I owe a great debt of gratitude to Washington Post columnist William “Bill” Raspberry who recently passed away. Journalism lost a real icon and black journalism lost a great pioneer.
Today, black columnists in mainstream media are common place. When Raspberry started at The Washington Post in 1962, the only black major media syndicated columnist was Carl Rowan. Raspberry became the second.
In most cases, black journalists in those days were limited to the black owned press and finding a black conservative columnist was virtually impossible. It took two more decades for black conservatives Walter Williams and Thomas Sowell to join the ranks.
For those who don’t know, Bill Raspberry was a Pulitzer Prize-winning columnist whose column appeared in over 200 newspapers.
In the spring of 1980, Raspberry learned that I had given a surrogate speech for Ronald Reagan before Virginia’s Eighth District Congressional Black Caucus just outside of Washington D.C. in my capacity as District of Columbia Finance Chairman for “Reagan for President.”
We met for lunch at the old Broadcasters’ Club near the ABC News Washington Bureau. He found it ironic that, only a few years earlier, I had worked for Benjamin L. Hooks, Nixon’s appointee as the first black member of the Federal Communications Commission.
I had left the FCC shortly after Hooks passed up an opportunity to be FCC chairman in 1977 to lead the NAACP.
The real irony is that, just as Raspberry had been a trailblazer for blacks in the print media, Hooks was the driving force at the FCC in creating rules to expand job and ownership opportunities for blacks in the broadcast and cable industries.
Instead of asking the usual “how can you support Reagan” asked by most black (and white) reporters then and now, Raspberry came with no preconceptions. Instead, he was most interested in my message to the predominantly black audience. As he read my speech, I wondered how he was going to “slant” it.
His column, “Selling Reagan to the Blacks,” ran on Wednesday, March 3, 1980 (see www.mckeecommunications.com). It was accurate, straight forward, and objective — no twisting my words or sarcastic editorial comments!
It began: “If Clarence McKee can pull this one off, he should have no trouble selling Corvairs to Nader’s Raiders or Laetrile to the Food and Drug Administration.”
The Chevrolet Corvair was the target of consumer advocate Ralph Nader who criticized the car in his book “Unsafe at Any Speed.” Laetrile had been used as an anti-cancer treatment that the FDA had not approved for use in the United States.
As I reviewed his column after learning of his death, I could not help but think of how applicable the speech’s message is today: “We must also not forget those of the black middle class — people who have worked hard, despite obstcles, to become participating and self-sufficient members of our society. It is from this group that the black youth of our country find role models to use as examples of success in their lives…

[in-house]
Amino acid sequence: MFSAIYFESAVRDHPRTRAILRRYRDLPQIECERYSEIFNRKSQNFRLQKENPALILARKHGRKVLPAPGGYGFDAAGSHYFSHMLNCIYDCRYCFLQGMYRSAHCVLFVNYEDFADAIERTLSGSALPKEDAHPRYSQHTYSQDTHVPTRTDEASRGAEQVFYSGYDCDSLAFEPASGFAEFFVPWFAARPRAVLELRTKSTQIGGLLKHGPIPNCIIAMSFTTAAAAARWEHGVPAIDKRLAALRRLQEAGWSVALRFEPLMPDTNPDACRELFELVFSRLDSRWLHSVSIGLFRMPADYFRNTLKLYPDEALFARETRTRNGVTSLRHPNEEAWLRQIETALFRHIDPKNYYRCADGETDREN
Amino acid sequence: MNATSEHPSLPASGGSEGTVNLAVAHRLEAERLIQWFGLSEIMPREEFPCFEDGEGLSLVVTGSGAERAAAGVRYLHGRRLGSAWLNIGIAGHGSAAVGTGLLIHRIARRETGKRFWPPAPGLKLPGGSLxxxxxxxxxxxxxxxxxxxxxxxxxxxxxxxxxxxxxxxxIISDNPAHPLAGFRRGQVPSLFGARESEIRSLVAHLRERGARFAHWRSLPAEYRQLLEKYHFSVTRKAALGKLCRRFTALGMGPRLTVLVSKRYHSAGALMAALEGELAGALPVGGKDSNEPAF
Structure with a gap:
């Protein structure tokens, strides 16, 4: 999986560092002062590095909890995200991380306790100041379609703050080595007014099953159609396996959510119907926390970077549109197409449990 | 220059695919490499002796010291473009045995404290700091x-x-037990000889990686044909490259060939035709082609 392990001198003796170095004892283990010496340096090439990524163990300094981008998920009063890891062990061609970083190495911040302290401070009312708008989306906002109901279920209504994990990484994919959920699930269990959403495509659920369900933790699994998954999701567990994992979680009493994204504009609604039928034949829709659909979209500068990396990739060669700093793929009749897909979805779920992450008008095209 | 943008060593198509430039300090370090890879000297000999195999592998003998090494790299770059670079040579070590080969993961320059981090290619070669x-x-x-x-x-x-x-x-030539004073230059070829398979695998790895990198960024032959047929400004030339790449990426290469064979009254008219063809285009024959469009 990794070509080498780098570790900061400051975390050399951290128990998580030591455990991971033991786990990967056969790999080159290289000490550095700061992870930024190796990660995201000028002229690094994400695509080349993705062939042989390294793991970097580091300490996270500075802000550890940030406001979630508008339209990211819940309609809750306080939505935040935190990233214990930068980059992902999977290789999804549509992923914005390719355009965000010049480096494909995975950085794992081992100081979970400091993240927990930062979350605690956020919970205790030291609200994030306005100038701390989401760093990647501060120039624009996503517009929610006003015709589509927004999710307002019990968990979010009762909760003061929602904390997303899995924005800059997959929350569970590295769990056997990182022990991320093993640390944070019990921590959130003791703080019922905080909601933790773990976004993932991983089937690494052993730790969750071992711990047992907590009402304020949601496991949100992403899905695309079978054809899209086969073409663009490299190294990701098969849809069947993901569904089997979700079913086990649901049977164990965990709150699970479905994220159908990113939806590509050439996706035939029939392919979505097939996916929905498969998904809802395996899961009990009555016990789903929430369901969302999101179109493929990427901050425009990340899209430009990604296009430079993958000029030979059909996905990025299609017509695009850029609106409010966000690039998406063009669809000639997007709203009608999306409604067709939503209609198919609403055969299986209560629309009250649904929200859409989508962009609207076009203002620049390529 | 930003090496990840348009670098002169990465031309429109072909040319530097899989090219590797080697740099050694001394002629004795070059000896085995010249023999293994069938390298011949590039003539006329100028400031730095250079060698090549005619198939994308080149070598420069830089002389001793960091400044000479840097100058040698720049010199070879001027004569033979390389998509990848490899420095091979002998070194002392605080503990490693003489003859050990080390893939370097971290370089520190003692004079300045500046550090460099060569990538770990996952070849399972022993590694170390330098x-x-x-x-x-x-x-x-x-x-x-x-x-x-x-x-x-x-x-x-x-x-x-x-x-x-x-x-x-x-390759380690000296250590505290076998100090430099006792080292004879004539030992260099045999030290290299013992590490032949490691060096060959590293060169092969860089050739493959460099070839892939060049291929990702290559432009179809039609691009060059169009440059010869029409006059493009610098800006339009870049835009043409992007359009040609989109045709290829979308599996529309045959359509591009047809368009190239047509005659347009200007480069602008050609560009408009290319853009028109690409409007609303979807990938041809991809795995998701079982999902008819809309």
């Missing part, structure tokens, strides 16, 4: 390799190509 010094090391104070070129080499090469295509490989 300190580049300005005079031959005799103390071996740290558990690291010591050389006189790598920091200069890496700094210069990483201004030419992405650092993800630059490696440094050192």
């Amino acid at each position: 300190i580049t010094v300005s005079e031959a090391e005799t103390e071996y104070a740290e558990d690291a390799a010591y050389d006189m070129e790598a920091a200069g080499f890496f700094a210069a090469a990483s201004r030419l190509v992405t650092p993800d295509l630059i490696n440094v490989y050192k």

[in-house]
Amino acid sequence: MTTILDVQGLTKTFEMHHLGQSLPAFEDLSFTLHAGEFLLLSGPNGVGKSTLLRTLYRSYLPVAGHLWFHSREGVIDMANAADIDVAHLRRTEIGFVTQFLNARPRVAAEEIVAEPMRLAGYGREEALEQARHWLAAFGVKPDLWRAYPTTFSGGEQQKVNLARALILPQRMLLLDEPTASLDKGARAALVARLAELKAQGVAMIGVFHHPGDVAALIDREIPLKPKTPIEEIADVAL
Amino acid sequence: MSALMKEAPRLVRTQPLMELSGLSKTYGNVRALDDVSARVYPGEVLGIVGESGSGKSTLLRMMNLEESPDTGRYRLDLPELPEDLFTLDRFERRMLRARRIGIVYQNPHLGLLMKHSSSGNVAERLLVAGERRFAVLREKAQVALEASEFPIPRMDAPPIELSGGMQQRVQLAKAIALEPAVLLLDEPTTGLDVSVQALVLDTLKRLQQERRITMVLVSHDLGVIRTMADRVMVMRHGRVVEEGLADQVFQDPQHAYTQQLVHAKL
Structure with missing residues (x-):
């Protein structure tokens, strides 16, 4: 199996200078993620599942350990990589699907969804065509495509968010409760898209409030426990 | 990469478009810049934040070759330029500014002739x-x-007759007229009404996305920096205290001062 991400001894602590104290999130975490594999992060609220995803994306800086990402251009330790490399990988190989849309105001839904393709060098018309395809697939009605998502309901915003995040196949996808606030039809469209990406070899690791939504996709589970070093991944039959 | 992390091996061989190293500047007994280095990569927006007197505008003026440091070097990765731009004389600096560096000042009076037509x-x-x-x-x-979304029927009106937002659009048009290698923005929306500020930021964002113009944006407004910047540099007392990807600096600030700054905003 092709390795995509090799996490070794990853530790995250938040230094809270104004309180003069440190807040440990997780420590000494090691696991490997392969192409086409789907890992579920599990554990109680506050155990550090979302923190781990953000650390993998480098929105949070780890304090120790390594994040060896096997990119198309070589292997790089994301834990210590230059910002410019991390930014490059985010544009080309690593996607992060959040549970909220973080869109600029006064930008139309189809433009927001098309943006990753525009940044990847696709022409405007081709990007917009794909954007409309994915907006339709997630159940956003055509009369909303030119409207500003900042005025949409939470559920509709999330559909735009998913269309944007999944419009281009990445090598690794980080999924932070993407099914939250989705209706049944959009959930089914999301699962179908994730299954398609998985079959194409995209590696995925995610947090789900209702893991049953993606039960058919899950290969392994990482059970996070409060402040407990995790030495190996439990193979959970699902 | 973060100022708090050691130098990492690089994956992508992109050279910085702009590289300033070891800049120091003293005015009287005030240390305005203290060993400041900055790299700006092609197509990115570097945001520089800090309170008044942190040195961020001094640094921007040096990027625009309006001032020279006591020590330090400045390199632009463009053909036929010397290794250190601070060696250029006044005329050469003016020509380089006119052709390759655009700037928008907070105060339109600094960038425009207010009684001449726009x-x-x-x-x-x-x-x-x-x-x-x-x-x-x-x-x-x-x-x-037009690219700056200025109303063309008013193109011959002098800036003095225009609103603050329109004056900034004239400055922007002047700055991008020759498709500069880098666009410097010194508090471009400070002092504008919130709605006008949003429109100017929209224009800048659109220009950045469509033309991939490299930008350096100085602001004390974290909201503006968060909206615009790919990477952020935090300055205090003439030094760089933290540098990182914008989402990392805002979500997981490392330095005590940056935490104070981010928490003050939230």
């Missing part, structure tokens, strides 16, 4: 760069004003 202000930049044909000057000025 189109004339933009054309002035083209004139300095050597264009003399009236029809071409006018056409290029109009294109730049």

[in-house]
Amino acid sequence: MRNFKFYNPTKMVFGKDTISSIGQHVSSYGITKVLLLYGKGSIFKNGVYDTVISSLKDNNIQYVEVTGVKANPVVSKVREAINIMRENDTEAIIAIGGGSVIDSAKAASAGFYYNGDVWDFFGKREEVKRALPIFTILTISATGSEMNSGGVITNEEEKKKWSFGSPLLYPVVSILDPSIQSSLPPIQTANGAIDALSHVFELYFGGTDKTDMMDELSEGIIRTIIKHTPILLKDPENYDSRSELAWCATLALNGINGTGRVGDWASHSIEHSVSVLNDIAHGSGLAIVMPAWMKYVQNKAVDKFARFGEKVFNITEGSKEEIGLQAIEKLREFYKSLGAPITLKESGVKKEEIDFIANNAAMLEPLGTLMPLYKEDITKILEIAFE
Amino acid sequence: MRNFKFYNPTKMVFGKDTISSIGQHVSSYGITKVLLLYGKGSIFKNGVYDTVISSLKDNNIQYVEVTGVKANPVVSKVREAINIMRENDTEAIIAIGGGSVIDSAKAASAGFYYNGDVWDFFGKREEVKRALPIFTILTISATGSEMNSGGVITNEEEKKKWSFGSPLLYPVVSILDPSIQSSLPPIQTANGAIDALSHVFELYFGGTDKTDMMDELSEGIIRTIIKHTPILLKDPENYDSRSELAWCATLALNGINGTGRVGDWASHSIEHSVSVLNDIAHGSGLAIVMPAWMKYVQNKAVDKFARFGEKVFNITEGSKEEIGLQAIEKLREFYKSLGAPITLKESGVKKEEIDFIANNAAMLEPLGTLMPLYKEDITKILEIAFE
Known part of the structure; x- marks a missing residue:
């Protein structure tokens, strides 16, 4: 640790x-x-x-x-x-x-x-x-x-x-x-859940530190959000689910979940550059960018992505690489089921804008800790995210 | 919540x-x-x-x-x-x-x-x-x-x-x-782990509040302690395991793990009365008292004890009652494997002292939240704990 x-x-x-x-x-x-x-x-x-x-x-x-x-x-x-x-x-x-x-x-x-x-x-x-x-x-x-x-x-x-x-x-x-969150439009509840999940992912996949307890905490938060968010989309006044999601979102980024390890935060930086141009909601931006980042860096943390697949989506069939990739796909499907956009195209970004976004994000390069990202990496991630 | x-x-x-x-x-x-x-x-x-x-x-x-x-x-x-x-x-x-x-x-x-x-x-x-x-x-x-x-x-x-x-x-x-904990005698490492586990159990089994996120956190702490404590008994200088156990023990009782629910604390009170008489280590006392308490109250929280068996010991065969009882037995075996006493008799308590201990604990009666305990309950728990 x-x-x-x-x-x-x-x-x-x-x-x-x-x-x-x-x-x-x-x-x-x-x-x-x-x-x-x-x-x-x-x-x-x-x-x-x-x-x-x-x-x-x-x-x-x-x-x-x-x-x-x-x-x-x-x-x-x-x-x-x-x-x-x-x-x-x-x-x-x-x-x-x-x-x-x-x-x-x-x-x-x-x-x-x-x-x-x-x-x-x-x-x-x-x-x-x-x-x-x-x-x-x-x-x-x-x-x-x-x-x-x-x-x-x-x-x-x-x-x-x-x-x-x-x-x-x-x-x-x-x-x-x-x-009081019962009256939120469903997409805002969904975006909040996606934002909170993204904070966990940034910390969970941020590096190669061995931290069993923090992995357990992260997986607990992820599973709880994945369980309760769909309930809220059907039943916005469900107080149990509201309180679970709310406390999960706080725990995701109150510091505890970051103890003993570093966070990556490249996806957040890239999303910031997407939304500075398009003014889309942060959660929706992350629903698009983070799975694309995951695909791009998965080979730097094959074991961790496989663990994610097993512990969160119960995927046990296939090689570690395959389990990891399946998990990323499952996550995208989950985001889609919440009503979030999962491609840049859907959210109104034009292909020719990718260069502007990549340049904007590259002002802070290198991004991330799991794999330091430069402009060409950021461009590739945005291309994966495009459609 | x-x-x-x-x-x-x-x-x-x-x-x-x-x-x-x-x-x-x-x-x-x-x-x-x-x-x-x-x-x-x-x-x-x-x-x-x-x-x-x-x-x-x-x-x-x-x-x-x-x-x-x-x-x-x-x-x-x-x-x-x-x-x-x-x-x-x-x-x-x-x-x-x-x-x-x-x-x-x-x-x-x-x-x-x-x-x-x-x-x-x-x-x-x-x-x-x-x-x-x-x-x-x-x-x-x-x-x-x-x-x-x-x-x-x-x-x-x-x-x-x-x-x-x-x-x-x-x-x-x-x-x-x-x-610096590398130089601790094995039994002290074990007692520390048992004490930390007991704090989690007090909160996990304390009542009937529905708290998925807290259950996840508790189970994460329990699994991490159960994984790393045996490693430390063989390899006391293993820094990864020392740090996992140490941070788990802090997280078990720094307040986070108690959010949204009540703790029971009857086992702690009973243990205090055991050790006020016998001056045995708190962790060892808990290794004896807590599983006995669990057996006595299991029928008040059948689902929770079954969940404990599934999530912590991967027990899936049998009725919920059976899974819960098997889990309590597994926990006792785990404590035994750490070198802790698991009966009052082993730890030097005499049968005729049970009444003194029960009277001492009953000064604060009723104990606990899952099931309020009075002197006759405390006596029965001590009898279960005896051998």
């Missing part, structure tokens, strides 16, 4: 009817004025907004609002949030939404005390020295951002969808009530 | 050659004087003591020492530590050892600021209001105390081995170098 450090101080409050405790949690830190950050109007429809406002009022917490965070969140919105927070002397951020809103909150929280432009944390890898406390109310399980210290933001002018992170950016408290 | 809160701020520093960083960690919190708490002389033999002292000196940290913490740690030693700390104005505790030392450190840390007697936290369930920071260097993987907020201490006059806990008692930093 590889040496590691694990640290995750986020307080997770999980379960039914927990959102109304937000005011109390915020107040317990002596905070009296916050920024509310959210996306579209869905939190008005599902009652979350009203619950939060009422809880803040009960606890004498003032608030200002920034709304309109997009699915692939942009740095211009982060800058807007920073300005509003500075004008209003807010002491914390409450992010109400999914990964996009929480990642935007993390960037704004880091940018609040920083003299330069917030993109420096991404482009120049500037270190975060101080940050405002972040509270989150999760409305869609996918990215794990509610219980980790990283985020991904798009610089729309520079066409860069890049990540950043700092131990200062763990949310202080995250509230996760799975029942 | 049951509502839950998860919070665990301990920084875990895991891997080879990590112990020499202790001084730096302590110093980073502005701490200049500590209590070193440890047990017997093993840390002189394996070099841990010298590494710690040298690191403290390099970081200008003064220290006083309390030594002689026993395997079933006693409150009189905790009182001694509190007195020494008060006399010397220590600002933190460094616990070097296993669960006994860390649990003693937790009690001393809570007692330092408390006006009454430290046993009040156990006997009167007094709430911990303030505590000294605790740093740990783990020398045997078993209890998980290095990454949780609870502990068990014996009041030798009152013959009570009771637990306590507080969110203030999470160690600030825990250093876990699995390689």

"The 'average hard working black . . . bus driver, government employee and business person is being devastated by double-digit inflation and skyrocketing interest rates . . . which are serving to erode the economic gains of the past decade.'”
Delete “inflation” and “interest rates”; insert 14 percent unemployment and poverty headed to the highest levels since the 1960s and we are looking at today.
He then reported my response to his question as to what blacks needed: “Not more poverty programs or civil-righs laws, but tuition tax credits, revisions in the estate tax and . . . relief from burdensome personal-income tax and property taxes which keep [blacks] in a vicious circle of having each salary increase eaten away by a corresponding tax increase.” Sound familiar?
He concluded: “McKee acknowledes that his Reagan pitch produces more raised eybrows than applause from black audiences, but ‘at least they don’t hiss and boo.' He sees that as a hopeful sign.”
Shortly after the column appeared in The Los Angeles Times, actor/comic Tony Randall made a sarcastic remark on “The Tonight Show” on how he had read in Raspberry’s column about — to paraphrase — “some black guy trying to get blacks to vote for Reagan" — laughter, of course!
Even more laughter, and I believe applause, came when host Johnny Carson asked — again paraphrasing — “if they met in a phone booth.”
The column got the attention of the Reagan team in California many of whom I worked with in the campaign and throughout the Reagan-Bush years.
Thanks to a strong commitment to issues and minority voter outreach by the Reagan-Bush campaigns and the Republican National Committee, Reagan got 11 and 9 percent of the black and 35 and 37 percent of the Hispanic vote in ’80 and ’84 respectively.
Romney would do well if he can duplicate those numbers.
As for my efforts, it all started with Bill’s column. Thanks for everything my friend!
One thing is clear, when it comes to blacks and politics, nothing has really changed.
Clarence V. McKee is president of McKee Communications, Inc., a government, political and media relations consulting firm in Florida. He held several positions in the Reagan administration as well as the Reagan presidential campaigns to include the Board of Directors of the Legal Services Corporation. He was also appointed chairman of the District of Columbia Reagan-Bush Campaign and he chaired the District of Columbia Delegation to the Republican National Convention in Dallas. Contact him at firstname.lastname@example.org. Read more reports from Clarence V. McKee — Click Here Now.
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